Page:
FORMER HAMTRAMCK POLICE OFFICER PLEADS GUILTY
TO DIVULGING FEDERAL WIRETAP DURING HIGHWAYMEN
MOTORCYCLE CLUB INVESTIGATION
A former Hamtramck police officer, and federal Drug Enforcement Administration (DEA) task force officer, Randall Hutchinson pleaded guilty yesterday to one count of providing notice of a federal wiretap to the former Downriver Chapter President of the Highwaymen Motorcycle Club during the Federal Bureau of Investigation’s (FBI) investigation into that organization in 2005 - 2006, United States Attorney Barbara L. McQuade announced. Hutchinson, 45, is one of ninety-one individuals indicted as part of the United States Attorney’s Office’s case against the Detroit Highwaymen.
"Disclosing a wiretap investigation not only violates the law, it also betrays an officer's duty to the mission of seeking justice." McQuade said. "We have no tolerance for that sort of betrayal."
The Highwaymen Motorcycle Club was Detroit’s largest, and most violent, motorcycle club with upwards of 100 members, and was seen by many as a rogue club. Numerous of its leaders, members, and associates have been successfully prosecuted over the last year for a variety of criminal offense including racketeering, violent acts, narcotics trafficking, and stolen vehicles.
During the fall of 2005, while working as a task force officer for the DEA, Hutchinson learned that the FBI was conducting a wiretap investigation that involved a large scale marijuana dealer who was a member of the Highwaymen Motorcycle Club. Shortly after learning about this wiretap, Hutchinson saw Phil McDonald, the Downriver Chapter President of the Highwaymen, in the gym where they both worked out. Hutchinson told McDonald about the FBI’s investigation into the marijuana dealer within the Highwaymen and told McDonald that he had to be careful.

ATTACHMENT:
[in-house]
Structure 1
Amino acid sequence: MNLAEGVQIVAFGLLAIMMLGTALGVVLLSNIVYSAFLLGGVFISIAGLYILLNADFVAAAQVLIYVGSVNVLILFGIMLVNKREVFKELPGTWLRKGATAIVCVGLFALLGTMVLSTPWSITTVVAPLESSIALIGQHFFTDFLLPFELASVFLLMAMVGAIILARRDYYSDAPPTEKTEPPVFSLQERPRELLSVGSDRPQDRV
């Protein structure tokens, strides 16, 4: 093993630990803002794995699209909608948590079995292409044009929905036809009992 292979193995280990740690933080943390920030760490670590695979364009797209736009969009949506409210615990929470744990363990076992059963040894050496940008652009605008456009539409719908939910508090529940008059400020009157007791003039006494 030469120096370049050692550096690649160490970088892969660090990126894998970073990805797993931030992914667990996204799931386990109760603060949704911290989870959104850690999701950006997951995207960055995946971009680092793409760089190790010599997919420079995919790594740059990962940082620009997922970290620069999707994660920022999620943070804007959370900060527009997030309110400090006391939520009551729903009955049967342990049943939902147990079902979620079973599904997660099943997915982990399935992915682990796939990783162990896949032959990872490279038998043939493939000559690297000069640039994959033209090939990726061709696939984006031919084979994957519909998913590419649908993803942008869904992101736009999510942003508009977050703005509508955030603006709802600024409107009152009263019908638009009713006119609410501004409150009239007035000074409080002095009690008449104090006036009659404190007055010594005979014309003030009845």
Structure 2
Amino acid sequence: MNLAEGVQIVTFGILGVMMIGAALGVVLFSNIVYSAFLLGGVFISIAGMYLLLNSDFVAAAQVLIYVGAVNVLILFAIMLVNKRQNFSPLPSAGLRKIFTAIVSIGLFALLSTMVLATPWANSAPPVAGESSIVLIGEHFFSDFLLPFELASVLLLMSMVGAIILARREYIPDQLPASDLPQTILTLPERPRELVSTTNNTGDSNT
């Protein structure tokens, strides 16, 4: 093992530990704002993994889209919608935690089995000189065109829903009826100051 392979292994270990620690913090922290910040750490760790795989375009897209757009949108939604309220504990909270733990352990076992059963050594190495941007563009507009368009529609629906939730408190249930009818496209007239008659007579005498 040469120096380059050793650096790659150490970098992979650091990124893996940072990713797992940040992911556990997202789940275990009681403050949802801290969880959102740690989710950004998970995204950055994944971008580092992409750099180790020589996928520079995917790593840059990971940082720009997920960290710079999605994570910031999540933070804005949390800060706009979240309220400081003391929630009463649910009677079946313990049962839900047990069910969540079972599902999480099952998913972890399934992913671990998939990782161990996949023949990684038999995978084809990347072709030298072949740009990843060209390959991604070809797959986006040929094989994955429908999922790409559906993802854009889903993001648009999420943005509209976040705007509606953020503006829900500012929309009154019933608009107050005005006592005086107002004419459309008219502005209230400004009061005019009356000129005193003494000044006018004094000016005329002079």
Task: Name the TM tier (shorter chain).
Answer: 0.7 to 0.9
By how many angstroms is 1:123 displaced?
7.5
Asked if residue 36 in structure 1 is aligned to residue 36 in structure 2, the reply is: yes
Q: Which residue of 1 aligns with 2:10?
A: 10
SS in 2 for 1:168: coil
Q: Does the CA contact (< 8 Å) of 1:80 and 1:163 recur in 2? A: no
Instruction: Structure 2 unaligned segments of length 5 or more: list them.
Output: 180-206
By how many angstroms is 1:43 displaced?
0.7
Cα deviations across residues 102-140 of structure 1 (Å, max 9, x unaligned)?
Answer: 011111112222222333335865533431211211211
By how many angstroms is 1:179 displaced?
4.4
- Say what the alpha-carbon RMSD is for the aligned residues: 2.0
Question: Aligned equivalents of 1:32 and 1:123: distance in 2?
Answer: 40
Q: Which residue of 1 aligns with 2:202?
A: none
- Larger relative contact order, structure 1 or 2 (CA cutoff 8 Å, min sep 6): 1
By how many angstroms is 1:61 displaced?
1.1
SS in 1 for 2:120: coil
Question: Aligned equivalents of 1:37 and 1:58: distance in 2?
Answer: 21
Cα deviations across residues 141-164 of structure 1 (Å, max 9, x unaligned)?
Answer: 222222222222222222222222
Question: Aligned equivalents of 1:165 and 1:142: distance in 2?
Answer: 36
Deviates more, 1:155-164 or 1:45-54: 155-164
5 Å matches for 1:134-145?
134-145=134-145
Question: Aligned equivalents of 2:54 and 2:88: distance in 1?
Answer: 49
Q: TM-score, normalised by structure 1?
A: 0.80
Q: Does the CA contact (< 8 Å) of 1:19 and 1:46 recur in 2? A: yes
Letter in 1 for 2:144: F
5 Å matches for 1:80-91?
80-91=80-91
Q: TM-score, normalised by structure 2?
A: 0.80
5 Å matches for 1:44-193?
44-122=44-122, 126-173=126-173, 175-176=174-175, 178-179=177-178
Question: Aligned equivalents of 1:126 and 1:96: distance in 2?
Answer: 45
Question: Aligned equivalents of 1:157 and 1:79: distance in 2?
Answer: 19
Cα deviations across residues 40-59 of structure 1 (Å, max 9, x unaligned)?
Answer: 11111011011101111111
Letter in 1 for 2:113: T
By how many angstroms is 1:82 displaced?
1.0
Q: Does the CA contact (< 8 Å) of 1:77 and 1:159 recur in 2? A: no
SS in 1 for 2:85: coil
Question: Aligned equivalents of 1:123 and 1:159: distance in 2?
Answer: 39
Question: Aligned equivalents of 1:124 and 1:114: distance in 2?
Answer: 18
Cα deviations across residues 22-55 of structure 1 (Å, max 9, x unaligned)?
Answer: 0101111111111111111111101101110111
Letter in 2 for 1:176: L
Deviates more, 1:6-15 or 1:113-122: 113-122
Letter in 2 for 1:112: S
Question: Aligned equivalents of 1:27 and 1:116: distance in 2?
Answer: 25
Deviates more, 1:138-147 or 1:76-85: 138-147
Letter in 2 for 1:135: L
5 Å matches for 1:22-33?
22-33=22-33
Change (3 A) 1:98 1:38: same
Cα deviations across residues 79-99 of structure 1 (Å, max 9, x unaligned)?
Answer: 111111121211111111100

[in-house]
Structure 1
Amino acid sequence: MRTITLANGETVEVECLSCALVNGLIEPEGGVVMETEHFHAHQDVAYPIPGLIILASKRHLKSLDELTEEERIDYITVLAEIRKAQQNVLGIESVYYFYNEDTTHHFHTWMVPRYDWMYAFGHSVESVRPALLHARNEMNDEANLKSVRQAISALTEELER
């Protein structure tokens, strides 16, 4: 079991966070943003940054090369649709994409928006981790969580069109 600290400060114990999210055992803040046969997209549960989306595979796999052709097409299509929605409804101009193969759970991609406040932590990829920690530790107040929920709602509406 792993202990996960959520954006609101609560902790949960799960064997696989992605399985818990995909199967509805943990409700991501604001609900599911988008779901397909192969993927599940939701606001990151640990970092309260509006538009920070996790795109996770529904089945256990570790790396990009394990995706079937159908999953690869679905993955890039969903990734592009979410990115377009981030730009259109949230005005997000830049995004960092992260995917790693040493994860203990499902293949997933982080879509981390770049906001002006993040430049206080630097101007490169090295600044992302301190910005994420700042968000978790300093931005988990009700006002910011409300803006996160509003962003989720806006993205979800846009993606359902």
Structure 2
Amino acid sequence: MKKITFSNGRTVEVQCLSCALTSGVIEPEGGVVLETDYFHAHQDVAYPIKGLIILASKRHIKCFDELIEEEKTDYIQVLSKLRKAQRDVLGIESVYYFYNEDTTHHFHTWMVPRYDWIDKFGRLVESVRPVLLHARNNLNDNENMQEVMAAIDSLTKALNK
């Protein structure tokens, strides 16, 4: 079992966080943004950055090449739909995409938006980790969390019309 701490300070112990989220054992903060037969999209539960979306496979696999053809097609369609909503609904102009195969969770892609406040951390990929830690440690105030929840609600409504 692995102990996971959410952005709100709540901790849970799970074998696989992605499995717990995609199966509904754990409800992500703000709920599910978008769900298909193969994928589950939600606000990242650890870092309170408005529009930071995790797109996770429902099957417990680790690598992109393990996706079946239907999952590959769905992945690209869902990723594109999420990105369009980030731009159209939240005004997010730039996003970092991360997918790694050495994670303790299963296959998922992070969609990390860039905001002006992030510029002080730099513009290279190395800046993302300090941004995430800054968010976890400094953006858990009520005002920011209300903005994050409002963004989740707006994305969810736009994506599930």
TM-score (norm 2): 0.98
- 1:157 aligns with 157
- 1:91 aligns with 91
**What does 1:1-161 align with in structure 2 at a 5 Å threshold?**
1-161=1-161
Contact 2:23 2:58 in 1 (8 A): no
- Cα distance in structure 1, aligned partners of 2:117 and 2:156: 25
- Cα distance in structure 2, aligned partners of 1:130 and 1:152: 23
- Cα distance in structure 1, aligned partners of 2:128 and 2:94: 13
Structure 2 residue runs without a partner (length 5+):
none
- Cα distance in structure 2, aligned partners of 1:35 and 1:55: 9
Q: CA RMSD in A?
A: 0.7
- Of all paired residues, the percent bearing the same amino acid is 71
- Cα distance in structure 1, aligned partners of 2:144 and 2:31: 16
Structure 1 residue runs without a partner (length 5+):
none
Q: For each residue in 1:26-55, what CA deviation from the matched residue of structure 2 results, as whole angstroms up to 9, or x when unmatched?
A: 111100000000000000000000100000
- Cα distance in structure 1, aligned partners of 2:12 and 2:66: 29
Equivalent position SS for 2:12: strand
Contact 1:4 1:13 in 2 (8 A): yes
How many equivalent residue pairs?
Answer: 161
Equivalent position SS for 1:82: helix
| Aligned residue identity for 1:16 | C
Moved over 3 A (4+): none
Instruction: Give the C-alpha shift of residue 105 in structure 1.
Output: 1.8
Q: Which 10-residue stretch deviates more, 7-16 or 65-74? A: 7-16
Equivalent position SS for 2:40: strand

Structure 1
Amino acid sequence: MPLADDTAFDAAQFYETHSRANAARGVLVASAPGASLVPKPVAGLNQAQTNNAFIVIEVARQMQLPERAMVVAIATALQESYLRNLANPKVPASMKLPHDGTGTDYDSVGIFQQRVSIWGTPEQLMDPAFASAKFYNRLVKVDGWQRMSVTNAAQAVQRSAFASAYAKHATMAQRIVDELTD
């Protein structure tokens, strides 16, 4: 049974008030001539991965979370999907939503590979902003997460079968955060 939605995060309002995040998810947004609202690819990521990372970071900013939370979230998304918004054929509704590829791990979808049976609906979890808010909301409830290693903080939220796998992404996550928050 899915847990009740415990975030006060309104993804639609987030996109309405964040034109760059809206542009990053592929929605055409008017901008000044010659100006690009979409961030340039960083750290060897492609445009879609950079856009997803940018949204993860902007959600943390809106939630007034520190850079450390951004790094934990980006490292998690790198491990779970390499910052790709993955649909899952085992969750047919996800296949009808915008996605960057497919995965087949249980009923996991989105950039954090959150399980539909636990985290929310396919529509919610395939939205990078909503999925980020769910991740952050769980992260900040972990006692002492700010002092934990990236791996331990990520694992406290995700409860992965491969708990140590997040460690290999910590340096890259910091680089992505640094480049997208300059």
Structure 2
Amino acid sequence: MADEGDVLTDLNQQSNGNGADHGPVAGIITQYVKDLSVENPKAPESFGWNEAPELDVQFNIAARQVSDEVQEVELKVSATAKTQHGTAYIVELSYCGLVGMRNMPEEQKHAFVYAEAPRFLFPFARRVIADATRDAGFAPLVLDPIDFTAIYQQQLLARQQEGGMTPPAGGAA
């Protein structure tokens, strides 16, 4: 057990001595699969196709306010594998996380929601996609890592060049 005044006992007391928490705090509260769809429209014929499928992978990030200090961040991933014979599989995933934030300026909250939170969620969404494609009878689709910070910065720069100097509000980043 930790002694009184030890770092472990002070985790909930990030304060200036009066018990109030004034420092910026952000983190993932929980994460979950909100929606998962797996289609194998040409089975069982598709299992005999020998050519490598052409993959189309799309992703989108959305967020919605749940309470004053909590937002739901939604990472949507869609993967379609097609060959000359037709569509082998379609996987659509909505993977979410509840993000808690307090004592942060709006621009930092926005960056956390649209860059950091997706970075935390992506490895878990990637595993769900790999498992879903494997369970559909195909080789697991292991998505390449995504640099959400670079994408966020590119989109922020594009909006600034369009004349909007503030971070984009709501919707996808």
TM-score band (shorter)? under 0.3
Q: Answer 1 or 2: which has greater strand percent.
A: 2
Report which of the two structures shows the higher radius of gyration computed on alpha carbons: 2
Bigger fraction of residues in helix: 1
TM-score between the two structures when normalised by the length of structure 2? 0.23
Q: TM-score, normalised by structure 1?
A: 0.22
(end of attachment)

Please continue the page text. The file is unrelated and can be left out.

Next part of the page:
Later in May 2006, the FBI and the Brownstown Township Police Department executed a search warrant at Phil McDonald’s house in which illegal steroids and growth hormones were found. After the search warrant was executed, McDonald called and spoke with Hutchinson several times about the search and his legal troubles. On May 10, 2006, during a phone conversation with McDonald, Hutchinson told him that if the trouble was bad, then “they” were on his phones.
On June 19, 2006, Hutchinson and McDonald met again in the gym. Hutchinson stated that he had “been thinking” and that McDonald needed to see if his “phone was hot.” McDonald understood this mean that he needed to check to see if his phone was being tapped by law enforcement. McDonald then stated that Hutchinson should know whether he was a target of a wiretap, to which Hutchinson replied, “not necessarily, if your phone is hot it would be the FBI.” Hutchinson then formulated a plan for McDonald to figure out whether the FBI was intercepting his phone calls.
The case against Hutchinson was investigated by the Federal Bureau of Investigation and the Brownstown Township Police Department. FBI Special Agent Ted Brzezinski was the lead case agent responsible for handling and coordinating the multi-year investigative effort into the Highwaymen and Mr. Hutchinson.
Mr. Hutchinson faces a maximum of 5 years imprisonment and a $250,000 fine. The case was prosecuted by Assistant U.S. Attorney’s Diane Marion and Christopher Graveline.